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In a category $C$ with pullbacks (possibly homotopy pullbacks), given a morphism $U \to X$ in $C$ its corresponding Čech nerve $C(U)$ is the simplicial object in $C$ that in degree $k$ is given by the $(k+1)$-fold fiber product of $U$ over $X$ with itself :
This is the internal nerve of the internal groupoid corresponding to the kernel pair of the morphism $U \to X$.
The notion of Čech nerve makes sense in any (∞,1)-category with (∞,1)-pullbacks.
Consider a morphism $f: A \rightarrow B$ in an $(\infty,1)$-category $M$. The Cech nerve of that morphism is, by definition, the augmented simplicial object in $M$ obtained by the right Kan extension of that morphism (regarded as a functor from the obvious category into $M$) along the inclusion of the first two objects into the augmented simplicial category. See Lurie HTT 6.1.2.11. One can show that this gives a groupoid object in $M$. The Cech nerve is essentially unique by uniqueness of adjoint $\infty-$ functors.
See groupoid object in an (∞,1)-category.
The cohomology theory obtained by mapping out of Čech covers instead of general hypercovers is Čech cohomology.
A groupoid object in an (infinity,1)-category that is a Čech nerve $U \to X$ exhibits $X$ as a delooping.
For $U = \coprod_i U_i$ the disjoint union of a covering sieve $\{U_i \to X\}$ with respect to a coverage, the objectwise connected components of the Čech nerve is the subfunctor corresponding to the sieve
This is described in more detail in the section “Interpretation in terms of higher descent and codescent” at sieve. This example is important in understanding the construction of the etale homotopy type of a scheme or more generally of objects in certain types of topos.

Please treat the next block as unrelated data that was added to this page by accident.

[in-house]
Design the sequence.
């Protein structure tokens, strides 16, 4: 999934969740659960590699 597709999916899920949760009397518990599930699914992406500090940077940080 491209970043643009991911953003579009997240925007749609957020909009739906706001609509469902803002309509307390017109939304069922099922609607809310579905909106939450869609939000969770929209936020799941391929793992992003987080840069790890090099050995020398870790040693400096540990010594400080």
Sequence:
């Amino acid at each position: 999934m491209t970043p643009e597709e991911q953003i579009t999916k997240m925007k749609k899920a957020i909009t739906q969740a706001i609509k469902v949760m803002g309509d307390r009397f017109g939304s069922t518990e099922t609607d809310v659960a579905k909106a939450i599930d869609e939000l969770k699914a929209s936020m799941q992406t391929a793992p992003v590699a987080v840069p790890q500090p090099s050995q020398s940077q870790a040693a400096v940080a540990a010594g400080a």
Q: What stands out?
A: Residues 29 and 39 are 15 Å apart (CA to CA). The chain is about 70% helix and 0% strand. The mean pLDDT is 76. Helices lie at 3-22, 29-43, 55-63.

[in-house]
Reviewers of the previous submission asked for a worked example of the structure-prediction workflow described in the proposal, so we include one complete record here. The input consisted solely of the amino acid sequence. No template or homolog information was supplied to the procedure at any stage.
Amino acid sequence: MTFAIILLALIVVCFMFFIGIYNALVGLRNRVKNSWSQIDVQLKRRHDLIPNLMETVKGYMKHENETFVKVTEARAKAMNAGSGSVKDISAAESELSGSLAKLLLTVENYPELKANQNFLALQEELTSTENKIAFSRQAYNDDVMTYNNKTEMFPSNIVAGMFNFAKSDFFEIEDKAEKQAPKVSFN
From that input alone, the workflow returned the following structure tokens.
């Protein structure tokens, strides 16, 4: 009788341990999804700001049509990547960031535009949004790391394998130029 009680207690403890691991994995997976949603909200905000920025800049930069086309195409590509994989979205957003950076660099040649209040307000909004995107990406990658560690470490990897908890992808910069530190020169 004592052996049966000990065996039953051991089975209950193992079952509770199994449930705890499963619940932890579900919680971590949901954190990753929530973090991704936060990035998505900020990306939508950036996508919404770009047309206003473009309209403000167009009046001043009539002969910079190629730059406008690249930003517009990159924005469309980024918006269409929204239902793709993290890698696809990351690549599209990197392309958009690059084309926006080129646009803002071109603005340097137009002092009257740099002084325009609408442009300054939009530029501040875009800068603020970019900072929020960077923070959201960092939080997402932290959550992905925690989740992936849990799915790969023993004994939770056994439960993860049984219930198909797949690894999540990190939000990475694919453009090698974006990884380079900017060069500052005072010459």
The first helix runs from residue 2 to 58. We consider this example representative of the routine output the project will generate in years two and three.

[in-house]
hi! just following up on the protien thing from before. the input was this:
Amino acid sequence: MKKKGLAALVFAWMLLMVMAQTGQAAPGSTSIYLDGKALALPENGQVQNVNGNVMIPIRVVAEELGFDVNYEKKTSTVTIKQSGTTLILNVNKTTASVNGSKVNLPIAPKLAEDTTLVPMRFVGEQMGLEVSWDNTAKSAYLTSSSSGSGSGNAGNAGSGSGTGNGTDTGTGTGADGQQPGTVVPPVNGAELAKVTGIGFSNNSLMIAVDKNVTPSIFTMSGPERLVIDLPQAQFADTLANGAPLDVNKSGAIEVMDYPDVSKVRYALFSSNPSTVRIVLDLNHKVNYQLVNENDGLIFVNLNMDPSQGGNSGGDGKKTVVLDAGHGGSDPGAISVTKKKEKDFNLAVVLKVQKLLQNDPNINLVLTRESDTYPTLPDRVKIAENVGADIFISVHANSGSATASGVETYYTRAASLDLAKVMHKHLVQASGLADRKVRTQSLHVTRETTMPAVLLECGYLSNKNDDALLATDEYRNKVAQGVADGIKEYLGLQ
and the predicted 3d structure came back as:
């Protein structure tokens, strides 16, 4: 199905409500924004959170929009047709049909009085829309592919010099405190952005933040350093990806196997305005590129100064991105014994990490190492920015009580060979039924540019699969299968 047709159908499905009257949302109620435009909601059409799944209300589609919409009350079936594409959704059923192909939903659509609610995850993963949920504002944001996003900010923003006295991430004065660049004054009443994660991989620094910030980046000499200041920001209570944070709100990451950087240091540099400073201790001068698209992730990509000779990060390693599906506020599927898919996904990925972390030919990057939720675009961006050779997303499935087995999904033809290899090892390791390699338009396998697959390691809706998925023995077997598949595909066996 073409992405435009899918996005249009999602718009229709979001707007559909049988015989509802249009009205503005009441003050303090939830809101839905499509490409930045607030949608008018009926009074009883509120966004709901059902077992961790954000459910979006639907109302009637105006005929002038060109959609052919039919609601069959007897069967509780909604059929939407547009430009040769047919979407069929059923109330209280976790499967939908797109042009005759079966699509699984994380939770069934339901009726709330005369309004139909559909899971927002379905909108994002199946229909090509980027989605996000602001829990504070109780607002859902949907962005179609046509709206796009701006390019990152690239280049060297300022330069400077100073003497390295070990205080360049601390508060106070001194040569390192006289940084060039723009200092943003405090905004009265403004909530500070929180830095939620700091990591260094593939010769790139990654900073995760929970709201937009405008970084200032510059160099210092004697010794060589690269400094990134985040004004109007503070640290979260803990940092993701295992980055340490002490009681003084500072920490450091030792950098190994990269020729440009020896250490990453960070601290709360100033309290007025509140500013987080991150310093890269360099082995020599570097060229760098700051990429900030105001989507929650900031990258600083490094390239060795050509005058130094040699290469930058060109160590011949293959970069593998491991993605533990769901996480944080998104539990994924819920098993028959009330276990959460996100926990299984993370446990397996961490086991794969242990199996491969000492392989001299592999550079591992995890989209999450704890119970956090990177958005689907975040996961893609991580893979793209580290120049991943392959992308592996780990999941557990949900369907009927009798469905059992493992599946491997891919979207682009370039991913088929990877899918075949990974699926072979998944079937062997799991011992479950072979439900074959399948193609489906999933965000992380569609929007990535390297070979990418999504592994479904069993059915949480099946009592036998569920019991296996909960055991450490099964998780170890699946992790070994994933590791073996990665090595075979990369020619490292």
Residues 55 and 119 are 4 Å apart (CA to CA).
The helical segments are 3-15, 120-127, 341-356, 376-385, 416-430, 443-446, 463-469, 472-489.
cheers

This example is more or less the way that Eduard Čech gave the original form of the construction that now carries his name. More on this can be found in the entry on Čech methods?, and the discussion there of the nerve of an open cover. For the case of triangulable spaces (polyhedra), for the cover by open stars of vertices of a triangulation, one retrieves the simplicial complex used to triangulate the space. This is one of the strong roots of the modern theory of cohomology as nerves of open covers can be seen as analogues of triangulations, and then Čech cohomology is seen to extend simplicial cohomology to spaces that are locally nice. That is one of the first steps on the long route to Grothendieck‘s definition of topos as a generalisation of space, expressly so as to define a cohomology further extending Čech cohomology to the geometric objects studied in algebraic geometry.
Last revised on December 17, 2020 at 07:29:35. See the history of this page for a list of all contributions to it.